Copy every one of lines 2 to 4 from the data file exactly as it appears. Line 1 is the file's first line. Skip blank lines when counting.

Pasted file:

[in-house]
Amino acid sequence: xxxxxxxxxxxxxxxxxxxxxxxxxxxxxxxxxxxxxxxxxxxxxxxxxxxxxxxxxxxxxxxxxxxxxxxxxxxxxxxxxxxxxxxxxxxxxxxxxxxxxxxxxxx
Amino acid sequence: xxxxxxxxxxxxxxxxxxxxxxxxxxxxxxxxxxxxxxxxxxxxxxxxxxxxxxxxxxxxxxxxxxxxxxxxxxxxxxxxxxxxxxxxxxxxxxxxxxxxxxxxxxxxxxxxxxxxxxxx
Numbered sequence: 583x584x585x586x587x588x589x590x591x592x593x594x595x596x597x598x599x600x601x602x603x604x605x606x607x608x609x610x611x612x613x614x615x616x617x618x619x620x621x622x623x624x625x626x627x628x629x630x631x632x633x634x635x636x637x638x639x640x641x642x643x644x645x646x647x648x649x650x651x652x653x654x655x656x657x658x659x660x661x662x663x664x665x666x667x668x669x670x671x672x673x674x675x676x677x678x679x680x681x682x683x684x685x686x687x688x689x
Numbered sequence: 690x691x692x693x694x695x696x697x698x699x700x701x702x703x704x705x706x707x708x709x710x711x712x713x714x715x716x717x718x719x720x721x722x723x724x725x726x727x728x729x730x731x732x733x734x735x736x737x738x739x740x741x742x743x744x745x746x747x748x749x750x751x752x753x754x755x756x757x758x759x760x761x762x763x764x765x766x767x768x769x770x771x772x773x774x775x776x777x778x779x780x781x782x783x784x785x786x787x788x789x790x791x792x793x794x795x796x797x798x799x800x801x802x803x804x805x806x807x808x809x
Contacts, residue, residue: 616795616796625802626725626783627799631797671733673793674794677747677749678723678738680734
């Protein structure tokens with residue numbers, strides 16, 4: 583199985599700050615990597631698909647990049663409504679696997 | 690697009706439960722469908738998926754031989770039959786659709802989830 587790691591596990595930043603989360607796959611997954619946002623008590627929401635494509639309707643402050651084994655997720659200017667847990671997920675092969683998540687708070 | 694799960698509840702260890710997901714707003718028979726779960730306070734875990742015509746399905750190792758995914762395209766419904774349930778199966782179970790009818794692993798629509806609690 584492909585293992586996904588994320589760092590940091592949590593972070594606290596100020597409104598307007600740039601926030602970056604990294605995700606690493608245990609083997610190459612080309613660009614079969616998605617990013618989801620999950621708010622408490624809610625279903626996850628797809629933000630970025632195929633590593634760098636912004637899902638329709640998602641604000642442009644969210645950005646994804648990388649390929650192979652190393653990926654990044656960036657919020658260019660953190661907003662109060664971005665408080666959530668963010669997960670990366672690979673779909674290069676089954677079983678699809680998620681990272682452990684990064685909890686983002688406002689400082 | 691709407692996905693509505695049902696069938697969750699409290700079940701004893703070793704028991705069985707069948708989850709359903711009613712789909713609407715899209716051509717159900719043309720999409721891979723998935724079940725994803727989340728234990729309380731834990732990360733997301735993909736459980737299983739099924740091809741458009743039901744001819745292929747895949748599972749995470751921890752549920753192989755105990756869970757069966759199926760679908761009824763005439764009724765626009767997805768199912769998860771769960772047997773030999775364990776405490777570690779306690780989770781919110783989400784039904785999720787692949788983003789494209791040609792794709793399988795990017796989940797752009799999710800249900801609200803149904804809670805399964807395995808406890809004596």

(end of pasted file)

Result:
Amino acid sequence: xxxxxxxxxxxxxxxxxxxxxxxxxxxxxxxxxxxxxxxxxxxxxxxxxxxxxxxxxxxxxxxxxxxxxxxxxxxxxxxxxxxxxxxxxxxxxxxxxxxxxxxxxxx
Amino acid sequence: xxxxxxxxxxxxxxxxxxxxxxxxxxxxxxxxxxxxxxxxxxxxxxxxxxxxxxxxxxxxxxxxxxxxxxxxxxxxxxxxxxxxxxxxxxxxxxxxxxxxxxxxxxxxxxxxxxxxxxxx
Numbered sequence: 583x584x585x586x587x588x589x590x591x592x593x594x595x596x597x598x599x600x601x602x603x604x605x606x607x608x609x610x611x612x613x614x615x616x617x618x619x620x621x622x623x624x625x626x627x628x629x630x631x632x633x634x635x636x637x638x639x640x641x642x643x644x645x646x647x648x649x650x651x652x653x654x655x656x657x658x659x660x661x662x663x664x665x666x667x668x669x670x671x672x673x674x675x676x677x678x679x680x681x682x683x684x685x686x687x688x689x